Did the Lions blow it last year? Did that decision over selection of the side that went to Argentina cost them the title? Was it a worthwhile gamble that just went wrong? Was it stupid?
Those questions have been on Lions fans’ lips for a year. Today is the chance to, in a way, answer them.
A home final it is not, but it is a crack at the defending champions at our home, our fortress, our Park. What a prospect.
The worrying thing is that of all sides, the Hurricanes do not seem to mind coming to South Africa. They have won four out of their last five games here and things seem to be coming right for them at the moment.
Dane Coles, that most athletic and combative of hookers, is back to win his 100th cap. That should at least nullify, if not trump, the Johan Ackermann emotional factor.
However, last year the home side were battle hardened against Kiwi opposition.
Who will ever forget that performance against the Highlanders? Ben Smith said that game was the fastest he had ever been involved in and the Lions well deserved their victory.
That was a hell of a compliment from such a magnificent running player.
This year, playing the Hurricanes will be a very different challenge to putting away poor Australian and South African sides as we have done, mostly, with ease.
This is the big league. In fact, last week’s stutter against the Sharks might be the best thing that has happened to the Lions - a wake-up call.
However, today is a big ask against a side that has very few weaknesses. Imagine being able to leave Julian Savea on your bench?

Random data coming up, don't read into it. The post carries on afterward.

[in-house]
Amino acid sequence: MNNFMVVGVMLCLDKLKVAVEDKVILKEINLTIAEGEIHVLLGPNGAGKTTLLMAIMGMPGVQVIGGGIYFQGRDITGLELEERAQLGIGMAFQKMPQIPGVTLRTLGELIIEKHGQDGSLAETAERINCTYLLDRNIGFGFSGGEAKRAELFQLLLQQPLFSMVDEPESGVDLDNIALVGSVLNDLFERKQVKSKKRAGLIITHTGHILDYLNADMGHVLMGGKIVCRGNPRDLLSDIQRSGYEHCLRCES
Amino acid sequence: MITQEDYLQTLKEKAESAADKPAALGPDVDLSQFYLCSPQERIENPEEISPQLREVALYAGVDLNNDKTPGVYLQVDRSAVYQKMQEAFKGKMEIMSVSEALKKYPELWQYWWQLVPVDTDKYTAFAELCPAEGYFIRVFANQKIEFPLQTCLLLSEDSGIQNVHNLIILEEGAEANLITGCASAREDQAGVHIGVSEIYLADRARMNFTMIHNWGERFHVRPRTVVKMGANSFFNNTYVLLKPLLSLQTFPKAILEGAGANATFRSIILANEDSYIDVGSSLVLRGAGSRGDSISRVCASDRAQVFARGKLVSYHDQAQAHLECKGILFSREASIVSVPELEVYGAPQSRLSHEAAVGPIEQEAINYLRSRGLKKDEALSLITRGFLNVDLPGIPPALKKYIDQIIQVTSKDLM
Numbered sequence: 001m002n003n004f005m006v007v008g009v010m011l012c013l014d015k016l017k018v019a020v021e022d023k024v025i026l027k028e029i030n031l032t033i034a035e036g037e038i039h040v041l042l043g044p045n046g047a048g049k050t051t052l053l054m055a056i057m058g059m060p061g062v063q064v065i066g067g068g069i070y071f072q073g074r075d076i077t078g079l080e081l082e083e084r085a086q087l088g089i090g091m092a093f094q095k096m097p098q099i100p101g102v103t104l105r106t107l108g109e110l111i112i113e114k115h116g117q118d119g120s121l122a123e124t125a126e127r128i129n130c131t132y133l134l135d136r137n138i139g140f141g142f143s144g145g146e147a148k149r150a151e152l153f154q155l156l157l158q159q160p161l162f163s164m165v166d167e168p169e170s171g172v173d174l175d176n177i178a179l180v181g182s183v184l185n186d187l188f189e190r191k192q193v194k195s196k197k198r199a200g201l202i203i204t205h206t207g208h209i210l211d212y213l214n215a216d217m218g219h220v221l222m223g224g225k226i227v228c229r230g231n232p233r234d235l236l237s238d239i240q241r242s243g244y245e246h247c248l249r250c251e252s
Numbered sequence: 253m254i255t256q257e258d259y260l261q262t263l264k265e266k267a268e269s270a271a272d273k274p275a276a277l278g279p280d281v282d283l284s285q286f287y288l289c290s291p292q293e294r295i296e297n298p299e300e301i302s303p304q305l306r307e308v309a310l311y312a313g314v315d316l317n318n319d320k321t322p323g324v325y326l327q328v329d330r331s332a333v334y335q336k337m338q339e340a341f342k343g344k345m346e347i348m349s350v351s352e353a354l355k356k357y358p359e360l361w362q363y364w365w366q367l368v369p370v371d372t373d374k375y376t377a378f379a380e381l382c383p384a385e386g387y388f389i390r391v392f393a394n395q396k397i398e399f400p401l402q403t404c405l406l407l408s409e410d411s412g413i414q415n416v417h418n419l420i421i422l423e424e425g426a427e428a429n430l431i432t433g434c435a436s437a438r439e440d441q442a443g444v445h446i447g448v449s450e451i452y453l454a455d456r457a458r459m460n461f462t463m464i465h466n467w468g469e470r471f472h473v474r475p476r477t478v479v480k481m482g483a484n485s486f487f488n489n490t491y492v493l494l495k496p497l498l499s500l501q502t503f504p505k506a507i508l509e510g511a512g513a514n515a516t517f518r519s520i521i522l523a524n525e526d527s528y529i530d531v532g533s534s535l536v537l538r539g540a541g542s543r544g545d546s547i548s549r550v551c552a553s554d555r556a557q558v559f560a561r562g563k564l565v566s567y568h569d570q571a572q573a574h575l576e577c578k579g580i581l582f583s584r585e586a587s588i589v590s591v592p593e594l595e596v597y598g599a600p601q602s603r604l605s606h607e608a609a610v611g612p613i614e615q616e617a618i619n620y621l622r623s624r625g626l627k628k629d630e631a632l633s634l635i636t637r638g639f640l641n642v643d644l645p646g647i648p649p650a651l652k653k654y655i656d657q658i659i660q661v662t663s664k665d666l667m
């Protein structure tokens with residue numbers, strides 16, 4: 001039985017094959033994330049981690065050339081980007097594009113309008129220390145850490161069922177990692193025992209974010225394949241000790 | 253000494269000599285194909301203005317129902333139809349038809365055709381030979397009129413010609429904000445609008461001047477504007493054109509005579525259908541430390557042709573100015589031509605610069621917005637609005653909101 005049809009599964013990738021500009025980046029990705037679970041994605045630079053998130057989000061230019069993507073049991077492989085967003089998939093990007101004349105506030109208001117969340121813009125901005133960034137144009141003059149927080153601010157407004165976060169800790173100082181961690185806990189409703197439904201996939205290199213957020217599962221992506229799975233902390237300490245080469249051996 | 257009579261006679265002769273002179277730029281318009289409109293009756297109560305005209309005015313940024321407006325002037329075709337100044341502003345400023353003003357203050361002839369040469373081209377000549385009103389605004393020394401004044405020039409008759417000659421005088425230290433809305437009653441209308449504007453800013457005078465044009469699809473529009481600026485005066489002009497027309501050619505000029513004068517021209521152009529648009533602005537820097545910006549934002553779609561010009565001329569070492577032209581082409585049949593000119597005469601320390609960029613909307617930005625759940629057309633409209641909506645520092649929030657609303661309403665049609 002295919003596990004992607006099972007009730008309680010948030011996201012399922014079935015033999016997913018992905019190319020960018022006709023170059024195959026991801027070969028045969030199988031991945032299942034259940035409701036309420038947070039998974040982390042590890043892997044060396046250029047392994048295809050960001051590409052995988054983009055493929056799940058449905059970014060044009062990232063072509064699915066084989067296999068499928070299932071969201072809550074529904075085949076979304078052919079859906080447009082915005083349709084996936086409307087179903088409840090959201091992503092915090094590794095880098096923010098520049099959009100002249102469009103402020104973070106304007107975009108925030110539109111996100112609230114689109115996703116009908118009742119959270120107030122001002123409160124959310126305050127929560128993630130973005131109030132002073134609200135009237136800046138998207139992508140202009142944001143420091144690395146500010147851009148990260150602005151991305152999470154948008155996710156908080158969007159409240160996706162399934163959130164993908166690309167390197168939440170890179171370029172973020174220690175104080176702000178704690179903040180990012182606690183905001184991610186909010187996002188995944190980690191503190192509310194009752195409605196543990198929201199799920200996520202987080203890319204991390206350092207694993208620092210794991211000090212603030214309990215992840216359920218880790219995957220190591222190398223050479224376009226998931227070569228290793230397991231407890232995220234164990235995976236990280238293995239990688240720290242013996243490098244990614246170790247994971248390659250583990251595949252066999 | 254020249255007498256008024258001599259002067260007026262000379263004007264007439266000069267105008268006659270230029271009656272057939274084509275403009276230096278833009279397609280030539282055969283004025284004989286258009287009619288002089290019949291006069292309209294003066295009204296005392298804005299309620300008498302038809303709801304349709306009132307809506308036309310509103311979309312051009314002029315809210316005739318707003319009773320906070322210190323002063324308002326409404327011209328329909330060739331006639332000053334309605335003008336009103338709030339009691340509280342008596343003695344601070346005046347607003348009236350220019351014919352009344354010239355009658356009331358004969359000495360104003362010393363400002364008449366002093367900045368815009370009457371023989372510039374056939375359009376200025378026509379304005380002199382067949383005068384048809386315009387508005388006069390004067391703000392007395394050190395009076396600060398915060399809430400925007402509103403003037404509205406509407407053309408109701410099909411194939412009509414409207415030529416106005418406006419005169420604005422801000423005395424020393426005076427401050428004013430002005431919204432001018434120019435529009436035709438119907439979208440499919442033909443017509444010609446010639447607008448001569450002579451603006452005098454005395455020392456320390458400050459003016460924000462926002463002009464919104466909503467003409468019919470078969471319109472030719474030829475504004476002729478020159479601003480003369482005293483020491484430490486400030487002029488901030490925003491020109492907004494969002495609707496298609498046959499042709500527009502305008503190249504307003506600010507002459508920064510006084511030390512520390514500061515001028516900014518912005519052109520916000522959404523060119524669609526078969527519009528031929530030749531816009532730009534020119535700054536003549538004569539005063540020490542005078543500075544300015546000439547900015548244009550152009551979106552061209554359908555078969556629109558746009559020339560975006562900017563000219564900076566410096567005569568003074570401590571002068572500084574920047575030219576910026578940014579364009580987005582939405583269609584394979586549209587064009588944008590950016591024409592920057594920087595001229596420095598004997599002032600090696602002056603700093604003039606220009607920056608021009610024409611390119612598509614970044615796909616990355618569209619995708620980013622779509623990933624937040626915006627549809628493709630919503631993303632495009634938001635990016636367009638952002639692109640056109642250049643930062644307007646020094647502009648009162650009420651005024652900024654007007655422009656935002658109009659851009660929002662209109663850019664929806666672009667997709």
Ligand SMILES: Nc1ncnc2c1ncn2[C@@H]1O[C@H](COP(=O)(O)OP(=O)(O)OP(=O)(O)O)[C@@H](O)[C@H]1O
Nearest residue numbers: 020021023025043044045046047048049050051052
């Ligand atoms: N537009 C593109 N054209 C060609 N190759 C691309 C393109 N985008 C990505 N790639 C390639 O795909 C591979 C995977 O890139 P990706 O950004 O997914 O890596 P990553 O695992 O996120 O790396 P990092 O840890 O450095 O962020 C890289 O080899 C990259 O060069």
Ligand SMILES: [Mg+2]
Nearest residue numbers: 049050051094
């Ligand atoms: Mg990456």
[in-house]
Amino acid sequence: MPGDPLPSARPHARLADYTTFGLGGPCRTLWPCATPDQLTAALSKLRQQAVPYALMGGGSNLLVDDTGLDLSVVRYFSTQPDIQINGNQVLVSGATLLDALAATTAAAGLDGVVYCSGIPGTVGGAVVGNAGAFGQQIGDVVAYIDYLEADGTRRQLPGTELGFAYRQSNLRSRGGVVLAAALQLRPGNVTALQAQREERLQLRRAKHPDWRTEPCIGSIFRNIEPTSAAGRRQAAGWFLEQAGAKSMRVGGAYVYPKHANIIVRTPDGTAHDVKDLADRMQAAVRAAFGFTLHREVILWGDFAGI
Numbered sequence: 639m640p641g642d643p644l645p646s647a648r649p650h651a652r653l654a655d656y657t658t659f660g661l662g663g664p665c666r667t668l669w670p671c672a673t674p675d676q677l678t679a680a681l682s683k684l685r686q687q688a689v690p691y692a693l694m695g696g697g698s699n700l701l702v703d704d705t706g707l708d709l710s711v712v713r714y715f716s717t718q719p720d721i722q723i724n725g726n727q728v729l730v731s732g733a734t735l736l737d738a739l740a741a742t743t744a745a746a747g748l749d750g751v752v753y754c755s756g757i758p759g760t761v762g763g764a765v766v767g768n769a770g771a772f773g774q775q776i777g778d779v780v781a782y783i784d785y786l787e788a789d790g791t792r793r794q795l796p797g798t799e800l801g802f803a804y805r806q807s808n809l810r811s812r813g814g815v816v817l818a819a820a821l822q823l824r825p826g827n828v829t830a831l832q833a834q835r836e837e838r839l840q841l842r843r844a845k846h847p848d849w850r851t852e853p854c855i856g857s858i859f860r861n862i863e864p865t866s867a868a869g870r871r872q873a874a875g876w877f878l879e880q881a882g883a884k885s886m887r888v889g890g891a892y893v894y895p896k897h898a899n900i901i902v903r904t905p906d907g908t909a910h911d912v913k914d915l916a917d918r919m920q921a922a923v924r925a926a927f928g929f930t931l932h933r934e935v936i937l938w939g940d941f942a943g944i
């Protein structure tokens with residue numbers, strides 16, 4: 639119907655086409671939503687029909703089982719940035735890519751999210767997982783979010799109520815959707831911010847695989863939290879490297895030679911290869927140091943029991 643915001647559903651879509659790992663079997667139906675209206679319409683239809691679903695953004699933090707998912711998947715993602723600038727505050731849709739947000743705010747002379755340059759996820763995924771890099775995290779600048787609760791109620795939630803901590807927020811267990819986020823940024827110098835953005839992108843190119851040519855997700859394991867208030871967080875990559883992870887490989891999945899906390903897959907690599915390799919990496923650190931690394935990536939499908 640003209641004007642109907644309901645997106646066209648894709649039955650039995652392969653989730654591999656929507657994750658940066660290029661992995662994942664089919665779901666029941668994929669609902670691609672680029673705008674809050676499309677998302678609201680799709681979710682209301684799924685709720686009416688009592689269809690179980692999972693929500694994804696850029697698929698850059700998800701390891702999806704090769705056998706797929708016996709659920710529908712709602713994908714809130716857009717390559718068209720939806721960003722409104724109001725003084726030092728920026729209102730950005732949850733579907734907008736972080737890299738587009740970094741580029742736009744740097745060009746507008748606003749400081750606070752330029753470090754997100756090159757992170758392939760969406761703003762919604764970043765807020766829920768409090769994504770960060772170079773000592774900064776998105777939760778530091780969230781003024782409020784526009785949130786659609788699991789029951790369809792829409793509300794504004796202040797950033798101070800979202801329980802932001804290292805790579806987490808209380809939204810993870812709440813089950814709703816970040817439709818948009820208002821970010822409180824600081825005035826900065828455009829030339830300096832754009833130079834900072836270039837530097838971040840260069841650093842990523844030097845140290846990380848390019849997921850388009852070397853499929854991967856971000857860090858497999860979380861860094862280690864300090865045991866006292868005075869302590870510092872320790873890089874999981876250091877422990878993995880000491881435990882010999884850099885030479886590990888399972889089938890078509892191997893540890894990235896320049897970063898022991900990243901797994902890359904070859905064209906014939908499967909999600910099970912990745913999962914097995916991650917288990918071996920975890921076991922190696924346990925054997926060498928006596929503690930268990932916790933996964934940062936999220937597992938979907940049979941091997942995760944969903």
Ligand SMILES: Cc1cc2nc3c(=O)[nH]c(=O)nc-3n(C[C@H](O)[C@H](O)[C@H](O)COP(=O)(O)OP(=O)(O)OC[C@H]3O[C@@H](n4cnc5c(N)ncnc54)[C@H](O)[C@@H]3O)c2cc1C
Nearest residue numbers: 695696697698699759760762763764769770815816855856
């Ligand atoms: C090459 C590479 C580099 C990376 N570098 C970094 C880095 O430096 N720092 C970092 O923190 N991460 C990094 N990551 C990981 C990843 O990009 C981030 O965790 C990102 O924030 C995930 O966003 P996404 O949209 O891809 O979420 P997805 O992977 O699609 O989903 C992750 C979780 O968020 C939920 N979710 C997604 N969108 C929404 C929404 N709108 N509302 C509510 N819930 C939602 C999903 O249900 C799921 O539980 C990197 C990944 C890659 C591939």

I hope the Lions cut loose right from the start. I hope they run it from everywhere and use the altitude and time-zone factors to their maximum effect.
Regardless of sleeping pills, manipulating patterns and talking them down, jet lag and altitude do make a difference.
To slow the game down and to kick more, especially if it is aimless, will play into the visitors’ hands.
Yes, Warren Whiteley, who fits into the Lions way so well and who drives it, is a big loss, but Kwagga Smith is also born to flourish in that game.
The key is confidence in fitness and in format.
By now every Lions player knows they are fitter than the rest and also that the more expansive the game is, the more they enjoy it and prosper.
The crowd also loves it and this side feed off their fans. We saw it last year.
After the British and Irish Lions’ incredible achievement in New Zealand, where they got up to speed so quickly with the locals’ high standards and varied tactics so well, there is in rugby an increased interest in creating an element of surprise.
The Joburg Lions might well be tempted to counter the visitors’ impressive line speed with kicking and close driving. That would be oh so wrong.
The way to play today is to get the gold-clad team gasping early and looking at the clock in despair. It happened last year against the Highlanders. Let’s do it again.
By the way, what a battle we will see in midfield. Lionel Mapoe and Harold Vorster up against Ngani Laumape and Vince Aso.
I fully expect our pair to rise to the occasion in defence and to attack the visitors. Bursting lungs can be a disadvantage to even the most talented of attackers.
Elton Jantjies had a bit of a stutter last week but ask when is he at his best - when he is given free rein to give it a lash and let slip the dogs of war outside him. Remember his game against the Highlanders last year? Remember that break?
The best present the Lions can give to their departing coach today is to display a master class of the legacy that he leaves.
That means discipline, yes, defensive intelligence and effort, yes, but more than that, the ability to play at high pace and to exhaust the opposition.
If they do that, at least in a year’s time we won’t be asking what would have happened.
Let’s not die wondering this time around...
* Robbie is a former Transvaal, Ireland and British and Irish Lions scrumhalf.